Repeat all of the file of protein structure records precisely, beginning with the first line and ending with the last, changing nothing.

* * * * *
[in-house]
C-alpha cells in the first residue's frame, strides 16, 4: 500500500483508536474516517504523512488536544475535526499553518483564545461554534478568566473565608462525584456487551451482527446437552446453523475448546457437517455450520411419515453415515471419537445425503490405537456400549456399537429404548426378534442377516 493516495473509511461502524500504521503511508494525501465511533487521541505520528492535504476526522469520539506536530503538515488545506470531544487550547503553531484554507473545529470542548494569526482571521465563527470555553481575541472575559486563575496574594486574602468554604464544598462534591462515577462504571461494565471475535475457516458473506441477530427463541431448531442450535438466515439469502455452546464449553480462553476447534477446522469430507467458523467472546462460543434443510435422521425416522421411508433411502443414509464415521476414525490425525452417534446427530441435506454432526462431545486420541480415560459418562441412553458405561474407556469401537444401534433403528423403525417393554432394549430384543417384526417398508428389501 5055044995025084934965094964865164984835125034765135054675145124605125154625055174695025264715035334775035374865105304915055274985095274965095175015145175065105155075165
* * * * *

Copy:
[in-house]
C-alpha cells in the first residue's frame, strides 16, 4: 500500500483508536474516517504523512488536544475535526499553518483564545461554534478568566473565608462525584456487551451482527446437552446453523475448546457437517455450520411419515453415515471419537445425503490405537456400549456399537429404548426378534442377516 493516495473509511461502524500504521503511508494525501465511533487521541505520528492535504476526522469520539506536530503538515488545506470531544487550547503553531484554507473545529470542548494569526482571521465563527470555553481575541472575559486563575496574594486574602468554604464544598462534591462515577462504571461494565471475535475457516458473506441477530427463541431448531442450535438466515439469502455452546464449553480462553476447534477446522469430507467458523467472546462460543434443510435422521425416522421411508433411502443414509464415521476414525490425525452417534446427530441435506454432526462431545486420541480415560459418562441412553458405561474407556469401537444401534433403528423403525417393554432394549430384543417384526417398508428389501 5055044995025084934965094964865164984835125034765135054675145124605125154625055174695025264715035334775035374865105304915055274985095274965095175015145175065105155075165